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The Currency and Foreign Transactions Reporting Act (BSA), also known as the Bank Secrecy Act, was passed in 1970. It requires U.S. financial institutions to assist U.S. government agencies in detecting and preventing money laundering. 

The BSA requires all U.S. financial institutions to file reports with the government on certain kinds of transactions or activities that may signal possible criminal activity or terrorism. Banks, credit unions, broker-dealers, casinos, money service businesses (such as check cashers and money transmitters), and other businesses must file these reports with FinCEN( Financial Crimes Enforcement Network), which is part of the U.S. Treasury Department.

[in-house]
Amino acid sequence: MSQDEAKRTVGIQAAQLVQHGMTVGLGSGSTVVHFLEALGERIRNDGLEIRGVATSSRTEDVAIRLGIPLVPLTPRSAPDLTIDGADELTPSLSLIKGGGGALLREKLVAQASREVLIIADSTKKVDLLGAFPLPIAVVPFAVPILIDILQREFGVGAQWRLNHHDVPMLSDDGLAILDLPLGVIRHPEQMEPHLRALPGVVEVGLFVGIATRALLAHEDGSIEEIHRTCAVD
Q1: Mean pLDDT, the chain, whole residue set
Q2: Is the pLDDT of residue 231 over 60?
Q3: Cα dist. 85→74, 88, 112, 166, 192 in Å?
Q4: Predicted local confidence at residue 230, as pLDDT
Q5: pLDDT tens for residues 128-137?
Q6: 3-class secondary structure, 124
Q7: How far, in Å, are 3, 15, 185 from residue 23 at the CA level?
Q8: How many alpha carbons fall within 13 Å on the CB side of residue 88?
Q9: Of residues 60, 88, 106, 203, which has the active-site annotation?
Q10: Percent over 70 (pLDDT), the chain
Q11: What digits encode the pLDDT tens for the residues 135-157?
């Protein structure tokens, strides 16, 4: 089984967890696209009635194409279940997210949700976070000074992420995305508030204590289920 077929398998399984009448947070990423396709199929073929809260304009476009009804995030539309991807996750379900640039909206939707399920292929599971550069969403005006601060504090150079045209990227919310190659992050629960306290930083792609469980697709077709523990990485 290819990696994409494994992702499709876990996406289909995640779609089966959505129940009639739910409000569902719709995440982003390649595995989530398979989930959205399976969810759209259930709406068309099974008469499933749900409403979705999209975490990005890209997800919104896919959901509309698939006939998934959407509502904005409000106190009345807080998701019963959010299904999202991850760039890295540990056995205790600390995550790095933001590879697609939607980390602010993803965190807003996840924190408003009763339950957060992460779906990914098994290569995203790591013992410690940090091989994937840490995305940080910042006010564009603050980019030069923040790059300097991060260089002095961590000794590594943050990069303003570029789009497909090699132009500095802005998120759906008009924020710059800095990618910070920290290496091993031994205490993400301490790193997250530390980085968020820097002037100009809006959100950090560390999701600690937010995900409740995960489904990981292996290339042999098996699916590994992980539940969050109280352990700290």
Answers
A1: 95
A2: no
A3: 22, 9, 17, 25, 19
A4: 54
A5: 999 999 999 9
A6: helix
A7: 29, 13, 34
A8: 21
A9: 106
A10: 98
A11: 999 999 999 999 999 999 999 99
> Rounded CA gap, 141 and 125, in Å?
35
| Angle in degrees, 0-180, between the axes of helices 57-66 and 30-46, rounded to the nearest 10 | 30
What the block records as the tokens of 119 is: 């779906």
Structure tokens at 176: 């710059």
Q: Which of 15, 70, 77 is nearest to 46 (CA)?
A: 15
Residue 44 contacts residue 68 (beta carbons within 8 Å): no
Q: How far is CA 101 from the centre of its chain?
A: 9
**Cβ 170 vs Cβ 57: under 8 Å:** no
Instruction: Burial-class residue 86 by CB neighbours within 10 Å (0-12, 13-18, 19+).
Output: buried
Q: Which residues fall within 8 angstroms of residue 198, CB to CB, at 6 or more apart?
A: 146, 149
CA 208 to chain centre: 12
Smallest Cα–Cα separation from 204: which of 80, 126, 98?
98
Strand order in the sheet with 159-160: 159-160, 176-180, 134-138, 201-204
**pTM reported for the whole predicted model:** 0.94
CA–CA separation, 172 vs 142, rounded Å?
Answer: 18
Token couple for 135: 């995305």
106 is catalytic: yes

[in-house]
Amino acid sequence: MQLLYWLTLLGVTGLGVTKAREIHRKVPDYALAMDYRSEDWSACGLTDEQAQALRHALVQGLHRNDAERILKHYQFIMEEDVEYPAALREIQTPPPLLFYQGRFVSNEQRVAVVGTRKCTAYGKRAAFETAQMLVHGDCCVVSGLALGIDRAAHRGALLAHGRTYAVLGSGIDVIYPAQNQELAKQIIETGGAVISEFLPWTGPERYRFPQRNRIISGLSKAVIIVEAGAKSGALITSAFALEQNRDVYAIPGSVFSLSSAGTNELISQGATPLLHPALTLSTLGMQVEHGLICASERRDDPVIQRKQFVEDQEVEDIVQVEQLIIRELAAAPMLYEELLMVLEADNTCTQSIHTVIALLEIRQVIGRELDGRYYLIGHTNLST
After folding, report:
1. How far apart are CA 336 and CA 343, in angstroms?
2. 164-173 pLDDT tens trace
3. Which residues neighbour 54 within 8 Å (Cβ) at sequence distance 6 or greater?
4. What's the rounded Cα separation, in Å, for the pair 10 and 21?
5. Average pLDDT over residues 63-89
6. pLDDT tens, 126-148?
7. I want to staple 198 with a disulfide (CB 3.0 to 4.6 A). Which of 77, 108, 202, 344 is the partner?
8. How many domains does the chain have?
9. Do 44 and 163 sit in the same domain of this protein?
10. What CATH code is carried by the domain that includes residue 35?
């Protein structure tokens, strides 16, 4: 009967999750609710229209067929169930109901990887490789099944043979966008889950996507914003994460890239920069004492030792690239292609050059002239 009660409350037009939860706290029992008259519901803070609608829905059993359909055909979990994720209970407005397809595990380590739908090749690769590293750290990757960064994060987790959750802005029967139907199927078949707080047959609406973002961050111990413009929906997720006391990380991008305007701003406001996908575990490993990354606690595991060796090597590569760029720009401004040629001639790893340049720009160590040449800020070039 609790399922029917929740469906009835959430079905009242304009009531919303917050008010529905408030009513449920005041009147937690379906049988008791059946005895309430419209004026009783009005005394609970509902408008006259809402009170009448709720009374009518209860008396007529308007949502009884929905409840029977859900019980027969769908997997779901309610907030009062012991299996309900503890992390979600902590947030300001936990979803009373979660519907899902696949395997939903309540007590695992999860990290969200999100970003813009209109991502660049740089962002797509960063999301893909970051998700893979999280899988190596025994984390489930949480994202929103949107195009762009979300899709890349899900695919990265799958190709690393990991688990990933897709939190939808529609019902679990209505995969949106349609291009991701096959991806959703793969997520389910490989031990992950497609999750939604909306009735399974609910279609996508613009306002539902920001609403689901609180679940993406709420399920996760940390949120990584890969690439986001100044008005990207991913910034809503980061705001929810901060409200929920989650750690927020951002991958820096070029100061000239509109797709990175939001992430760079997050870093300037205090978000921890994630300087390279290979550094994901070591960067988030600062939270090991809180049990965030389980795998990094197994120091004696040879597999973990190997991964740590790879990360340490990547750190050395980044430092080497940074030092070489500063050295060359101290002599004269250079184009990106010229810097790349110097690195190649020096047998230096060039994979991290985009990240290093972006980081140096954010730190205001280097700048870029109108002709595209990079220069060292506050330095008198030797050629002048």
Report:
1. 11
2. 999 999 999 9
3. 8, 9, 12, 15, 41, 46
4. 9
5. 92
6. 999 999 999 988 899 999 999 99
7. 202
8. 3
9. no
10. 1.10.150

The information provided on these reports helps the federal government identify potential fraud and terrorism, so they must be completed accurately and on time. The most common types of reports include:

The Currency Transaction Report (CTR) must be filed whenever a customer makes a cash transaction greater than $10,000 at one time (known as a “single transaction”).

The Suspicious Activity Report (SAR) must be filed when transactions are observed by bank employees that may involve illegal activity like fraud, money laundering, or terrorist financing.